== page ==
UMass Boston professor receives NIH funding to study impact of drinking games on sexual behavior
Previous studies have found that those who take part in drinking games are engaged in extreme binge drinking— that’s 8 or more drinks for women, and 10 or more for men. But until now, no one has looked at how drinking games affect intentions to engage in consensual and non-consensual sexual behavior. This is why the National Institutes of Health is awarding Assistant Professor of Psychology Rhiana Wegner $403,361 over the course of three years for her project, ENDGAMES.
“We’ve looked at how much [students] drink when [they] play drinking games, but we haven’t really looked at what happens later on in the night,” Wegner said. “[Other researchers have] looked at various negative outcomes like getting an alcohol violation …, but they haven’t been looking at [drinking games] tied to sexual behavior.”
Because this is a R15 (AREA) grant, it includes funding for four undergraduate students as well as a graduate student and a student acting as a research coordinator. One of the major goals of NIH’s AREA grants is to expose undergraduate and graduate students to hands-on research.
Here’s how it will work: paid study participants 21 and older will be playing Memory as a drinking game in a room set up like an apartment. They will then go into a separate room and, on a computer, answer a series of questions, such as How’s the rest of your night going to go? Who are you talking to at the party? Are you taking shots? Are you chugging beers?
“By bringing [participants into] the lab, we can standardize how many drinks they have, and how long they’re playing the game,” Wegner said.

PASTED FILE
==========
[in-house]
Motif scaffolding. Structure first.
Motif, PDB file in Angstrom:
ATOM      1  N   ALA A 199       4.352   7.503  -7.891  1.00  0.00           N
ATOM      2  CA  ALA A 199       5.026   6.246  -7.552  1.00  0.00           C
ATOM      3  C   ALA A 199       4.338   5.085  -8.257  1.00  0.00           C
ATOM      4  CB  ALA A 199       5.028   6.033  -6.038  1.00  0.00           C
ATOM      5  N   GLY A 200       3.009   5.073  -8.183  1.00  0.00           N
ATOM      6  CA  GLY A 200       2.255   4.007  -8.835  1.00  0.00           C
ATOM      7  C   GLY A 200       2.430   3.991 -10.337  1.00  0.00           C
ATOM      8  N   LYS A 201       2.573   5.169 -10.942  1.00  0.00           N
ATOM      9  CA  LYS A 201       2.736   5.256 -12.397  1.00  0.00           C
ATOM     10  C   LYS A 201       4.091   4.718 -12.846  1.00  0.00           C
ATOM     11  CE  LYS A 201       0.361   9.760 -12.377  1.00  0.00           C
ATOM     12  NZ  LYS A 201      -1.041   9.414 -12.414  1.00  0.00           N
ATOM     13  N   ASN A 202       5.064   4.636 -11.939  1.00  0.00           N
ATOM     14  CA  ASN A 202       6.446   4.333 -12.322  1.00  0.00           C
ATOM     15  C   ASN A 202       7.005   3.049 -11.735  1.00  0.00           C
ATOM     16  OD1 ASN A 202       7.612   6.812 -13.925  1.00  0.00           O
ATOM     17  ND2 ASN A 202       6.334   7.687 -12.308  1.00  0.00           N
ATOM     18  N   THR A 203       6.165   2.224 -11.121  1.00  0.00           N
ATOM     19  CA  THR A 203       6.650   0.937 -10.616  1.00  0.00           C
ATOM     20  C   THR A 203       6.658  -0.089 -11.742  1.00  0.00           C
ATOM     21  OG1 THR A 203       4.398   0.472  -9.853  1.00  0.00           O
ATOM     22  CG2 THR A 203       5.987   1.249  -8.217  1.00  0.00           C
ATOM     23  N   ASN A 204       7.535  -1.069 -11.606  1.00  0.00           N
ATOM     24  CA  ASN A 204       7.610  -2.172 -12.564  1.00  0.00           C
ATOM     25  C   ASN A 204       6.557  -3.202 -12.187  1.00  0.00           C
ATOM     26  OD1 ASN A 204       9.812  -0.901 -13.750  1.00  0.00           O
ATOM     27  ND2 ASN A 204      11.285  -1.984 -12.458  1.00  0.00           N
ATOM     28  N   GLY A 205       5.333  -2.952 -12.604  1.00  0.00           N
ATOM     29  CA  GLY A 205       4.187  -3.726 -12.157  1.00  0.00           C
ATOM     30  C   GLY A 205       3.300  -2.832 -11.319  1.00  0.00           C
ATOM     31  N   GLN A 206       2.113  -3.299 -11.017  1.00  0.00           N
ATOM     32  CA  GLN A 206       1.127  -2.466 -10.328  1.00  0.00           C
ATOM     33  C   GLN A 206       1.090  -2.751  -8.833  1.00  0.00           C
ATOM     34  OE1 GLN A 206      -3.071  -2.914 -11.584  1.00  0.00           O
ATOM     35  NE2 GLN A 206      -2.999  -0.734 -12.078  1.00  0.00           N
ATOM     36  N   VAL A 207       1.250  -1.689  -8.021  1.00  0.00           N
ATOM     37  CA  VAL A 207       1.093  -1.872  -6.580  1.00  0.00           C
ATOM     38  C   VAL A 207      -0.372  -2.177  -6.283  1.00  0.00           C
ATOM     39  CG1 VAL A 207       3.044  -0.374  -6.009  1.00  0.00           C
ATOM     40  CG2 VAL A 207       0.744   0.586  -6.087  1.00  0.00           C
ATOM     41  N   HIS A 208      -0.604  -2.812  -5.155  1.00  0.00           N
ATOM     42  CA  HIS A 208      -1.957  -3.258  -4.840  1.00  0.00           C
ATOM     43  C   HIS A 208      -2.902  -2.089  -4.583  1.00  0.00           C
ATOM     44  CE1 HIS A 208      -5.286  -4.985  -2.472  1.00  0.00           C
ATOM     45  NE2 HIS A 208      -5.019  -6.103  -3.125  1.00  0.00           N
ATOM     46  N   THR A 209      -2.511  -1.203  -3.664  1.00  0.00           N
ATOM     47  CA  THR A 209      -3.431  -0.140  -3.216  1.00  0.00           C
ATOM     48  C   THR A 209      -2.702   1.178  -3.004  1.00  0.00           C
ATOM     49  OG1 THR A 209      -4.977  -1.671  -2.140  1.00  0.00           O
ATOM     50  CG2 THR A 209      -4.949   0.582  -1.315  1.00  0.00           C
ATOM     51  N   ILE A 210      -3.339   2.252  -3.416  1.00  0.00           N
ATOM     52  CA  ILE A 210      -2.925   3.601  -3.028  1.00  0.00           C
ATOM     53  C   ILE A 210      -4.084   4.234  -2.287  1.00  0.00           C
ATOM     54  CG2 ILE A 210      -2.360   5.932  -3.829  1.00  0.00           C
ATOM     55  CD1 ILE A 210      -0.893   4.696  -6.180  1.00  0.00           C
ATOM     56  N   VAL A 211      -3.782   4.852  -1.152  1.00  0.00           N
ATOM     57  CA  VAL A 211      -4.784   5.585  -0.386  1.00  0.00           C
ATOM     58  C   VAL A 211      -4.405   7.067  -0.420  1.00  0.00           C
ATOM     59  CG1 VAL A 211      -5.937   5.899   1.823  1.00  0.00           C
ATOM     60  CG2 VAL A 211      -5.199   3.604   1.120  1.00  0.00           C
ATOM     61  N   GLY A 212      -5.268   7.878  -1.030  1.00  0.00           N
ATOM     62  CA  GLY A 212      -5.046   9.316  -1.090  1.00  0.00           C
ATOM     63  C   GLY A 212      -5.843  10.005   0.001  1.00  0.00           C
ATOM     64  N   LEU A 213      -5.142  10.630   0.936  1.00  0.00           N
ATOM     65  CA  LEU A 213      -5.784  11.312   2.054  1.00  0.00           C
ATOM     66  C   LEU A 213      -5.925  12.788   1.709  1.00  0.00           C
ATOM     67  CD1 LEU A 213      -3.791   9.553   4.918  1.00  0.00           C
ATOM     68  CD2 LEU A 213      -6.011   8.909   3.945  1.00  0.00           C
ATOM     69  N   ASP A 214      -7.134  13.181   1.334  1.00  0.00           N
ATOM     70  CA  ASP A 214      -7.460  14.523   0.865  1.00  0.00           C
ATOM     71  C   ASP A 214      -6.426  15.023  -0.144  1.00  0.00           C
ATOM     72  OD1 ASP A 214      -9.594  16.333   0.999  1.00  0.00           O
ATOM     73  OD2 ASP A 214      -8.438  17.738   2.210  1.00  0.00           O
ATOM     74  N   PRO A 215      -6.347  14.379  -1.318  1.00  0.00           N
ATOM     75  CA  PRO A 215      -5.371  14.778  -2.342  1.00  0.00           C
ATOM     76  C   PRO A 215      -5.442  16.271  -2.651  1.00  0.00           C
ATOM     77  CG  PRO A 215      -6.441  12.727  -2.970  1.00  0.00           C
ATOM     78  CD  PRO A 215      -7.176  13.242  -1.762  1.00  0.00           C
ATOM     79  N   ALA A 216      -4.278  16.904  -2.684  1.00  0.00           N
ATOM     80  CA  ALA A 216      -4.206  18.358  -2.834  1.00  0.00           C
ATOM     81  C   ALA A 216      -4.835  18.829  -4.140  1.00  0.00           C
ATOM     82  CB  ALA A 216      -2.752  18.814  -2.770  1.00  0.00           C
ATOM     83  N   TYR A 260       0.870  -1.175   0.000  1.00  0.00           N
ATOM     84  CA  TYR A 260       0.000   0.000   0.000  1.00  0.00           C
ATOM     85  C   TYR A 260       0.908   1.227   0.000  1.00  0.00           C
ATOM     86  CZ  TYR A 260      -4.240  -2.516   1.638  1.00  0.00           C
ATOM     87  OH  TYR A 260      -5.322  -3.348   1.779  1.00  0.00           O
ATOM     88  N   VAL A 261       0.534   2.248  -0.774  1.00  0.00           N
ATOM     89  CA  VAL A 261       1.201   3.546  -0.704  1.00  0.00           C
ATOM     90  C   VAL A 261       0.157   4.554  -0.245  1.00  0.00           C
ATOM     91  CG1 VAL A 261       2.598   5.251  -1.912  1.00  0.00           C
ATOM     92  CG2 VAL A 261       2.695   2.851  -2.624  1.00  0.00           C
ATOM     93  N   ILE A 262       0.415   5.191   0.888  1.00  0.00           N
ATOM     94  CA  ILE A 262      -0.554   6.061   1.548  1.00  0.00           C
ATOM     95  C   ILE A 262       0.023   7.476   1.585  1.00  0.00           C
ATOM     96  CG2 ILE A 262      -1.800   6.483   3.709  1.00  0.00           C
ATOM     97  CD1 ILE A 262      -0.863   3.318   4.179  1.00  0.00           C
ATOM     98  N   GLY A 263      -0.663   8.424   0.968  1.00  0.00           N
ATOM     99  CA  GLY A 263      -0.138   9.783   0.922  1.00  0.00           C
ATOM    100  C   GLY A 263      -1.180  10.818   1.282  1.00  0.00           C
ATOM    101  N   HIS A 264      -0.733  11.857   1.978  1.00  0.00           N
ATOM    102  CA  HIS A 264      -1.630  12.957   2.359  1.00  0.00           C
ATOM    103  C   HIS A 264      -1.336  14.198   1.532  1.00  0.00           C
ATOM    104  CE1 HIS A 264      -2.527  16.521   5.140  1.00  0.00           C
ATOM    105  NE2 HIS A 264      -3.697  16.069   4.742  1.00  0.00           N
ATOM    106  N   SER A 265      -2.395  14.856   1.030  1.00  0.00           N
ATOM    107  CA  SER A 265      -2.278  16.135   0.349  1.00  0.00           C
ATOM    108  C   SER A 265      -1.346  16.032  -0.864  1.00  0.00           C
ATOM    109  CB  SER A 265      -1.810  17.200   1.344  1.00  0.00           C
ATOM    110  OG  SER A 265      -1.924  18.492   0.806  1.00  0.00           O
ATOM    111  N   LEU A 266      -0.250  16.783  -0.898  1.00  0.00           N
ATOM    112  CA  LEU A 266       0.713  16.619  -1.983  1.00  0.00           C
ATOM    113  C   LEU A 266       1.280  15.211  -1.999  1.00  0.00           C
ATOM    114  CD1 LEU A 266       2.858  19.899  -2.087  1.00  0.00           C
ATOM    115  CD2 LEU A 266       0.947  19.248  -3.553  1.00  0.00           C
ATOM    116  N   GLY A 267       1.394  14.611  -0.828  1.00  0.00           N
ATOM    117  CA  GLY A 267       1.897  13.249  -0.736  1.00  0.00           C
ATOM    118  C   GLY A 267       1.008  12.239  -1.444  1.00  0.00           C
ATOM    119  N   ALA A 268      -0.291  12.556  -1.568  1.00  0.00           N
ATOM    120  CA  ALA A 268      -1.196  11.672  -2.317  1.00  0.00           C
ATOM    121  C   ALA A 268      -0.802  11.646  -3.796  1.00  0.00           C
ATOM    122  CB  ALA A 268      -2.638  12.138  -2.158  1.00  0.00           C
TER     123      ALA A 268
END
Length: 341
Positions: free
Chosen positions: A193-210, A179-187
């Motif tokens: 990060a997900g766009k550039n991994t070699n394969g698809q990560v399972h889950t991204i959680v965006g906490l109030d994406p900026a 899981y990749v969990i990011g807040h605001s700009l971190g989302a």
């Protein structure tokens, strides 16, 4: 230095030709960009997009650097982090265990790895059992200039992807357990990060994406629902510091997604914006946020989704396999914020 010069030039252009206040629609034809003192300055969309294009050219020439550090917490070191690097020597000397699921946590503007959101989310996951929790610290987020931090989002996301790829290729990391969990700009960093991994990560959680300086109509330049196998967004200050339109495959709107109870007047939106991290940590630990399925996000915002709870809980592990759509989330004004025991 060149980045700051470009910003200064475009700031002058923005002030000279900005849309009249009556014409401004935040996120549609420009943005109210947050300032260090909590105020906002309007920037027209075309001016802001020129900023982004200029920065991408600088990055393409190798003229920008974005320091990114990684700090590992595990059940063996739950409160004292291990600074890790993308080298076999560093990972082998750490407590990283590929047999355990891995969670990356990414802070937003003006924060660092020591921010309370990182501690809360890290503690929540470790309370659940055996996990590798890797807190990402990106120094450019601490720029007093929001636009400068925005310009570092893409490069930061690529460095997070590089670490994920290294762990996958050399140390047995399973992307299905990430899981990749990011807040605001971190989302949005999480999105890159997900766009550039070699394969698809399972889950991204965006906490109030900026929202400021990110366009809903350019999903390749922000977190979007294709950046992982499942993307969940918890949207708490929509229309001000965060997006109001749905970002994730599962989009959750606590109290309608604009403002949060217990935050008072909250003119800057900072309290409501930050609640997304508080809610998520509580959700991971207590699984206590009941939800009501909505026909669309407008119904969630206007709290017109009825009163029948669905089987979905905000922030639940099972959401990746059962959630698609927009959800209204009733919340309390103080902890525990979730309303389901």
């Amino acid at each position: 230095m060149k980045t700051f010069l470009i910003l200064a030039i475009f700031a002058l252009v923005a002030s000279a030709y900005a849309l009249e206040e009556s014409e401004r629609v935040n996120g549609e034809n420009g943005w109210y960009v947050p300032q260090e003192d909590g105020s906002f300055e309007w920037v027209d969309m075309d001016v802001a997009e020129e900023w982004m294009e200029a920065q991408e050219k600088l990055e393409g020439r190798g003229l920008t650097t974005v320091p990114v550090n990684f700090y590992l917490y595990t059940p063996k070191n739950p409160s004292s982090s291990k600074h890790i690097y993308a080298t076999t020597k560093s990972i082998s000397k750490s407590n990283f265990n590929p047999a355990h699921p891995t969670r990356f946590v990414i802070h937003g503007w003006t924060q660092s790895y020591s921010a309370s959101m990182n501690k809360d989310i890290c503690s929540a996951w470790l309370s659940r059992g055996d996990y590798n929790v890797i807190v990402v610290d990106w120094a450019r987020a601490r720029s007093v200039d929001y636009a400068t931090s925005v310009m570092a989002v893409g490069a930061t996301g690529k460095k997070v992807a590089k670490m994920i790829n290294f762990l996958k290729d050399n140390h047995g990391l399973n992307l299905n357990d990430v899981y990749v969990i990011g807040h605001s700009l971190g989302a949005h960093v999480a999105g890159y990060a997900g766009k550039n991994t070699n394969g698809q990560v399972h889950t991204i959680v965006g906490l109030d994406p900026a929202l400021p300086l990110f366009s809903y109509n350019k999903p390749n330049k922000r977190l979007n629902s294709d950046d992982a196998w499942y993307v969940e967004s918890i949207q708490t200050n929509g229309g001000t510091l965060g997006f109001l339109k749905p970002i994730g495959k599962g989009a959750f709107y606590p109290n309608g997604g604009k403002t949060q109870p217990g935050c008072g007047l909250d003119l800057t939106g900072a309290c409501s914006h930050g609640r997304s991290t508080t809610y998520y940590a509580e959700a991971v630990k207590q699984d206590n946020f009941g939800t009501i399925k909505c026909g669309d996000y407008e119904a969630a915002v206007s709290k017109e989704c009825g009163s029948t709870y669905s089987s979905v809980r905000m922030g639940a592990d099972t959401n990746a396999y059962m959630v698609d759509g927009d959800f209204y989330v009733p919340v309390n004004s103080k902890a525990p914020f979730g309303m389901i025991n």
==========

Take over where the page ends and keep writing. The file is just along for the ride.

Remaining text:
Participants will have their BAC levels monitored. They will need to stay in the lab until they have sobered up. Someone will need to pick them up; they won’t be able to drive themselves. UMass Boston’s Department of Public Safety is available to assist during the study if needed.
“It’s a [novel approach toward examining] what’s happening later on in the night,” Wegner said. “We’re all trying to figure out this gray area between what is intoxicated consensual sexual behavior and intoxicated non-consensual sexual behavior, and I’m hoping this is going to help us create a clearer line between those two types of behaviors. We haven’t clearly defined [this line] in the research.”
Wegner says this study may find that specific programming needs to be created for universities.
“Is it about the specific game, is it about how you’re playing the game, is it about who you’re playing the game with, and if so, if we let people know that and we’ve linked it to these sexual outcomes, then maybe individuals will create protective behavioral strategies for themselves,” Wegner said.
“One of the programs I’m working on here [at UMass Boston] is called Bringing In the Bystander. It’s geared toward training everyone on campus to be an active bystander and keep an eye out for each other,” Wegner said. “And maybe that’s where we need to be stepping in–earlier in the process–[during drinking game play].”